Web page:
Friday, December 5, 2014

Somali Pirates Win Compensation After Errors in Procedure

France Faced with Thousands of Euro's in Penalties
Shipping News Feature

EUROPE – SOMALIA – The European Court of Human Rights (ECHR) has ruled that France has, on two separate occasions, violated the rights of Somali nationals who had been arrested on piracy charges, after hijacking French registered vessels off the coast of Somalia in 2008. This ruling by the ECHR means that the nine Somalis involved in the two cases, are set to receive thousands of euros each in compensation.

The first case (Ali Samatar and others v. France) centres around six Somali nationals: Abdurahman Ali Samatar, Ismael Ali Samatar, Abdulqader Guled Said, Mohamed Said Hote, Abdullahi Yusuf Hersi, and Daher Guled Said. They were prosecuted in France for acts of piracy for their part in the hijacking of the cruise ship, the Ponant, which saw around a dozen men armed with assault rifles and rocket launchers, take possession of the vessel and hold the 30 crewmembers on board hostage, on 4 April 2008. A few days later, while the Ponant was moored off the Somali port of Garacad, the hostages were released in return for a ransom of $2.15 million. On that same day the aforementioned six Somalis were intercepted by the GIGN (intervention brigade of the French Gendarmerie) just as they were leaving Garacad in a four-wheel-drive vehicle.

The second case (Hassan and others v. France) focuses on three Somalis: Yacoub Mohammed Hassan, Cheik Nour Jama Mohamoud and Abdulhai Guelleh Ahmed. Also prosecuted for acts of Piracy, the three men were part of an attack on the yacht, Carré d’As, on 2 September 2008, which saw around 13 men hold a French couple for a ransom of $2 million with demands that the pirates arrested in relation to the Ponant attack be released. Around ten days later, the French Navy managed to arrest six of the pirates involved and free the hostages.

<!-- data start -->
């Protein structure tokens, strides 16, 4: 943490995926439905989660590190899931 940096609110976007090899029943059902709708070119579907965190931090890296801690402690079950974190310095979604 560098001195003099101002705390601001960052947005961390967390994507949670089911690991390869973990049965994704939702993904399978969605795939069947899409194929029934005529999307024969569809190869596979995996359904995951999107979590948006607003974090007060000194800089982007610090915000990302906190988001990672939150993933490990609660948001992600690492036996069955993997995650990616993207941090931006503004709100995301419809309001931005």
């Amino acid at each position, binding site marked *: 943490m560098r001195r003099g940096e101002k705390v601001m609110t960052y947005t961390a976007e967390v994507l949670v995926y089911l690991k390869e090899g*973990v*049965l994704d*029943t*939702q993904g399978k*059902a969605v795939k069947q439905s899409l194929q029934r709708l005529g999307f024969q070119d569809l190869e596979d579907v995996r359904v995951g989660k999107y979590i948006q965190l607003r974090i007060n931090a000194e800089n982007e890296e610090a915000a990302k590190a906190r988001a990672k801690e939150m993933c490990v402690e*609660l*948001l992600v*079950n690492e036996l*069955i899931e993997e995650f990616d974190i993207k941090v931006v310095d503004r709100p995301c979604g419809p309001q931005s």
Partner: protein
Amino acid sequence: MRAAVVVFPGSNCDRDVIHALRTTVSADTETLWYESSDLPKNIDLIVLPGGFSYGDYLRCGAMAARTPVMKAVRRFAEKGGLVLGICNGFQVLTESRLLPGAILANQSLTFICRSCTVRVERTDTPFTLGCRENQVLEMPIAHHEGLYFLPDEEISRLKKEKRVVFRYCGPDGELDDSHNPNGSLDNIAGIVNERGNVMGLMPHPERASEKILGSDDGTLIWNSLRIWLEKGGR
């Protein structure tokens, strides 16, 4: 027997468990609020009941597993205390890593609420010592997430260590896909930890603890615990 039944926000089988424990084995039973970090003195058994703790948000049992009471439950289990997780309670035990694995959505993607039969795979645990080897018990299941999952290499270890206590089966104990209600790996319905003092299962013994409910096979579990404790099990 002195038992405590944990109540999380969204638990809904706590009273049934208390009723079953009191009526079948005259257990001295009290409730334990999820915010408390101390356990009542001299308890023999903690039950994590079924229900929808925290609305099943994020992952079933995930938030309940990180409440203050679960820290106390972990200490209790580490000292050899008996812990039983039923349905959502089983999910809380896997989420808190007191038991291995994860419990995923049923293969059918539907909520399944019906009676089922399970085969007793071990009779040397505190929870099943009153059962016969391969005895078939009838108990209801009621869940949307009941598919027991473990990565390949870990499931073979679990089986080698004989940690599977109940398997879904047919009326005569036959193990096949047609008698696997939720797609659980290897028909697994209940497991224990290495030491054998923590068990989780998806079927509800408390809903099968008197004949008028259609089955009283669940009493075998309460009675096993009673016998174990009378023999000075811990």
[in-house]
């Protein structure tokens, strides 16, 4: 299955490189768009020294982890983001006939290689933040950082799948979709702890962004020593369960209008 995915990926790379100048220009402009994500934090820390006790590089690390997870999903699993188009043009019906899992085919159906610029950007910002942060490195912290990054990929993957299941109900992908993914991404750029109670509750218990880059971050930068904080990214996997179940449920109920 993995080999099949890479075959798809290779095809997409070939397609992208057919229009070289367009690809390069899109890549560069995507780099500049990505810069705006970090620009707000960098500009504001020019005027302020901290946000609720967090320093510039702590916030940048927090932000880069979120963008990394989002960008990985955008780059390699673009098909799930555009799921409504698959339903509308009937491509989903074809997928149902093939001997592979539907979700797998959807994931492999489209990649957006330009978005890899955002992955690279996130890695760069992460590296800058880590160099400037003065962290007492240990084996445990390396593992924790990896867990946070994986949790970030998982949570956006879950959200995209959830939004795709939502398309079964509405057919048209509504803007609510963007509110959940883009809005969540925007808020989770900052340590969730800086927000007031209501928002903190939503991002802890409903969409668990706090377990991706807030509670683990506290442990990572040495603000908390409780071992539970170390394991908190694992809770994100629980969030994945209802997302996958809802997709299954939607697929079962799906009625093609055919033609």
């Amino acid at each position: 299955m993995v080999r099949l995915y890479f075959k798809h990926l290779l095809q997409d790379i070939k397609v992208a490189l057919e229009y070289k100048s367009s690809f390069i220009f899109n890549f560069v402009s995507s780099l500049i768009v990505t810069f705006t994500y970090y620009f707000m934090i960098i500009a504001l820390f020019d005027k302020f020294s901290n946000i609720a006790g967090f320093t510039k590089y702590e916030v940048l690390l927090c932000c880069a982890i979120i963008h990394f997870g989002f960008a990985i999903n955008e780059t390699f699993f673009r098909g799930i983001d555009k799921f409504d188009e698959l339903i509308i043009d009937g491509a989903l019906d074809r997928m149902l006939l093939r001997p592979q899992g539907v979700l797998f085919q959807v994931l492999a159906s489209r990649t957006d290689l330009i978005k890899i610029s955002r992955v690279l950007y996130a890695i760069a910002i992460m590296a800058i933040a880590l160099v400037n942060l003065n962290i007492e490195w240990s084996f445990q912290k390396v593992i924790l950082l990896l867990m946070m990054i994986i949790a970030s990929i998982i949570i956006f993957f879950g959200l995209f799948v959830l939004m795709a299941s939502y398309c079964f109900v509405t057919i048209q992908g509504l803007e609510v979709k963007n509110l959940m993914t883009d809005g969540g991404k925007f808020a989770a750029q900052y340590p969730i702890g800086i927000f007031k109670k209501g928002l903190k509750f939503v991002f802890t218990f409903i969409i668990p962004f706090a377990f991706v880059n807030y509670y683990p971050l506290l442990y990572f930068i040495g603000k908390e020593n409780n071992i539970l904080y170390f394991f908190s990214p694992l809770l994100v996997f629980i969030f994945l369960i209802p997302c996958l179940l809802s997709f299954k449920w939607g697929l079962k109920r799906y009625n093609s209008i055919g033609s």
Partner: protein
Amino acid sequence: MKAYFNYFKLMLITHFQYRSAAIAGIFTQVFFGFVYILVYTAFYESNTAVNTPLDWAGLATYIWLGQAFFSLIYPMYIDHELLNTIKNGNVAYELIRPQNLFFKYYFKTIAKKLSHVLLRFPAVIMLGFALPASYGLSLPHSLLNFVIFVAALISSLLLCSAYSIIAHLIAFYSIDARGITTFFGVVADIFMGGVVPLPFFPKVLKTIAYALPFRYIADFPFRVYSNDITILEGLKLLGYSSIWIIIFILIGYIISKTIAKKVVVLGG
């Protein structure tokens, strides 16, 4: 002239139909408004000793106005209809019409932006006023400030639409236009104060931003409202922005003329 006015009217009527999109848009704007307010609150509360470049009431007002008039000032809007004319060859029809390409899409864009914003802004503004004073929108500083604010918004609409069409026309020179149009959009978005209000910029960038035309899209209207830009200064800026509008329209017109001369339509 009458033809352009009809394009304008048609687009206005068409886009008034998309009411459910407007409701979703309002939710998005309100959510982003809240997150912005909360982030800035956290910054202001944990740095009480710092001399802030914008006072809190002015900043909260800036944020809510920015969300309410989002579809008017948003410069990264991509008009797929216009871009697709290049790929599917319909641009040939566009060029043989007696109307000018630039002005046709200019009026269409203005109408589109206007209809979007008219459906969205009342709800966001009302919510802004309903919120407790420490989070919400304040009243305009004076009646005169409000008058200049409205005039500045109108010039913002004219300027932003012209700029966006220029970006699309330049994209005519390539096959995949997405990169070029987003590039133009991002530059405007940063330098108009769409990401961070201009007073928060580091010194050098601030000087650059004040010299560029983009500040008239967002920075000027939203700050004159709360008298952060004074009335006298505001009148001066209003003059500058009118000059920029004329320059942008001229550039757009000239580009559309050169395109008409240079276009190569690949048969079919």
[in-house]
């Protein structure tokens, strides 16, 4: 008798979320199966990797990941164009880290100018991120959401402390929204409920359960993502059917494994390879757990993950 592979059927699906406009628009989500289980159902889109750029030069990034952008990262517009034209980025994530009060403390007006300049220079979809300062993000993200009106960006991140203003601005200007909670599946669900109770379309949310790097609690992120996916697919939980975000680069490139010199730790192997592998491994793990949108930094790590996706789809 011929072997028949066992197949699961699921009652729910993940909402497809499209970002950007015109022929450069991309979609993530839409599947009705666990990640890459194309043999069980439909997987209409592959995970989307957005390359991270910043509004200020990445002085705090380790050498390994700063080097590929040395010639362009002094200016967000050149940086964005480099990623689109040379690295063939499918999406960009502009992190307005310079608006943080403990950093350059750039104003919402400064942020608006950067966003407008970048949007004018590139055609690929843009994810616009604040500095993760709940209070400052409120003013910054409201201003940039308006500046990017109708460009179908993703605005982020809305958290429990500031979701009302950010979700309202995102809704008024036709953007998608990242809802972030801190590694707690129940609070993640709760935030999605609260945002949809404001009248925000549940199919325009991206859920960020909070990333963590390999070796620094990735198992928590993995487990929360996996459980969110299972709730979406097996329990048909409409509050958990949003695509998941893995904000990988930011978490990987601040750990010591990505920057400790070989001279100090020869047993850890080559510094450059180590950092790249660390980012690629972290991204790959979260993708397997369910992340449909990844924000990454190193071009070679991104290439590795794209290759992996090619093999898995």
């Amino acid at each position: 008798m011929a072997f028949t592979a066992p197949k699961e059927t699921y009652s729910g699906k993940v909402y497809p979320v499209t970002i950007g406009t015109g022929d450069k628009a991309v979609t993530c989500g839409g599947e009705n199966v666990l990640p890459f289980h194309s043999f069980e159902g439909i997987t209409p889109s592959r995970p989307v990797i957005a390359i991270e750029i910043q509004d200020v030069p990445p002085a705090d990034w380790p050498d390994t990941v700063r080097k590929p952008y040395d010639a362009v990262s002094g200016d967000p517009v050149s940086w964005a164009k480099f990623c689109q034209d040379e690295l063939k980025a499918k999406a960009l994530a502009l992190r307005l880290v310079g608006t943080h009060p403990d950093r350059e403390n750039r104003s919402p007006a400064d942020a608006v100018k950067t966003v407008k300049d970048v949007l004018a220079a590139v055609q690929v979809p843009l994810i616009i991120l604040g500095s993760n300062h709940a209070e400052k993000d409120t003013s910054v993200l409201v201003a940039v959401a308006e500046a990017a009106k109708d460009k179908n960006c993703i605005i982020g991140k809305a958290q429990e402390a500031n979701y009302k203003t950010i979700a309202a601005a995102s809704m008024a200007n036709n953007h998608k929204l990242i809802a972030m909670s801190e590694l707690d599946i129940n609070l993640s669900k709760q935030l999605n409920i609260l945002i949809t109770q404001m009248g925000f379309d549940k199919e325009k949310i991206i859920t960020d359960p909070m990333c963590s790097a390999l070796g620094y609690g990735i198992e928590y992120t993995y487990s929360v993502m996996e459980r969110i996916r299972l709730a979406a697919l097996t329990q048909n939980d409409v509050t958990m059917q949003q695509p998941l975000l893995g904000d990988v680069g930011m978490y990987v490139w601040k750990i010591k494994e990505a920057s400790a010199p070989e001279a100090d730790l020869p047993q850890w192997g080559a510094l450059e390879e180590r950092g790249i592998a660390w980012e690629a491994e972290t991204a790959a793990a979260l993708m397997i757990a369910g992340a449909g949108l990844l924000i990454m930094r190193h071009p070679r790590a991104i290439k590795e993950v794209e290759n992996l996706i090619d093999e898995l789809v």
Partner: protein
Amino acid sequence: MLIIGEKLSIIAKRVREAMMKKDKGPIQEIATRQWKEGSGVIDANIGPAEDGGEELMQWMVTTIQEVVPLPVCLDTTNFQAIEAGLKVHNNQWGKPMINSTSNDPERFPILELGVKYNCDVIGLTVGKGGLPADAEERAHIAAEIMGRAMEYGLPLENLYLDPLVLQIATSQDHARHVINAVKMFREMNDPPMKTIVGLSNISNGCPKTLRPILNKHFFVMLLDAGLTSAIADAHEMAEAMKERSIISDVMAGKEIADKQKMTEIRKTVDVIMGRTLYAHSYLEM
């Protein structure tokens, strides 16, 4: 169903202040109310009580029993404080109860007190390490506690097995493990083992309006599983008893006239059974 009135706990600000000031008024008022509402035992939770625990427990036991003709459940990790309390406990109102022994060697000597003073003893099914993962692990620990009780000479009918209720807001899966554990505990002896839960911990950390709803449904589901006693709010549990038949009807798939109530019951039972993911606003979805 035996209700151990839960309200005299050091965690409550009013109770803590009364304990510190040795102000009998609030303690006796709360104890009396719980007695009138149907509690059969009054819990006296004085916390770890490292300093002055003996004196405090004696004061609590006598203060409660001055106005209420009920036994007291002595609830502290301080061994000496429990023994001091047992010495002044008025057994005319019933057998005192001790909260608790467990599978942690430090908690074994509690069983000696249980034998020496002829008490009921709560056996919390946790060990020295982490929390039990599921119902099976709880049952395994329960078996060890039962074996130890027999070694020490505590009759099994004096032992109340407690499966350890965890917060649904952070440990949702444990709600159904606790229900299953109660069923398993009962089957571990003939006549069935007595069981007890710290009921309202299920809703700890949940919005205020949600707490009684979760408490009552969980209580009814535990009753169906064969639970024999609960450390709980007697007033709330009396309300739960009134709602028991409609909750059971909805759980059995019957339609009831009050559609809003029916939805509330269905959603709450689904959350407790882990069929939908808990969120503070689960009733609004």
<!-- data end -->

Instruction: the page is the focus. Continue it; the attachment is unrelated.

The European Court of Human Rights held, unanimously, that there had been a violation of Article 5 § 1 (right to liberty and security) of the European Convention on Human Rights in the case of Hassan and Others, as the French system applicable at the relevant time had not sufficiently guaranteed the applicants’ right to their liberty.

A violation of Article 5 § 3 (right to liberty and security) was found in both cases, as the applicants had been taken into custody for 48 hours on their arrival in France instead of being brought ‘promptly’ before a legal authority, when they had already been deprived of their liberty for four days and some twenty hours (Ali Samatar and Others) and six days and sixteen hours (Hassan and Others).

The Court was prepared to admit that ‘wholly exceptional circumstances’ explained the length of the detention, in both cases, between their arrest and their arrival in France. The French authorities had intervened off the coast of Somalia, 6,000 kilometres from mainland France, to repress acts of piracy of which vessels flying the French flag and a number of its citizens had been victims, in an area where piracy was becoming alarmingly rife. As the Somali authorities lacked the capacity to deal with such offences and, in the present case, to ensure that the applicants stood trial, the French authorities had decided to take them back to France.

There was no evidence to suggest that the transfer had taken longer than necessary, particularly in the light of the difficulties relating to the organisation of such an operation from a sensitive area like the Horn of Africa, and given that the flights to France had been arranged in both cases as soon as the Somali authorities had given their permission.

The Court noted, however, that on their arrival in France the applicants had been taken into police custody for 48 hours rather than being brought immediately before an investigating judge. There was nothing to justify that additional delay in either of the two cases.

The Court held that France had to pay to each of the applicants in the case of Hassan and Others €5,000 in respect of non-pecuniary damage, and over €7,000 to Abdulhai Guelleh Ahmed for costs and expenses. In Ali Samatar and Others, €2,000 is awarded to each of the applicants in respect of non-pecuniary damage. For costs and expenses, €9,000 to Abdurahman Ali Samatar, €6,000 jointly to Ismael Ali Samatar, Abdulqader Guled Said, Mohamed Said Hote, Abdullahi Yusuf Hersi and Daher Guled Said, and €3,000 to Abdulqader Guled Said.

Although many will consider it ridiculous to pay compensation to known pirates the case is not as clear cut as it first appears. At least two of the defendants were found not guilty by the French Court, but only after having been held in custody for four years alongside the others arrested. These were the men taken into custody after leaving the port in a vehicle but never proved to have been aboard the Ponant.

Photo, from left to right: Abdurahman Ali Samatar, Abdulqader Guled Said and Abdullah Youssouf Hersi on 15 June 2012 a day after being released from the notorious La Santé prison in Paris.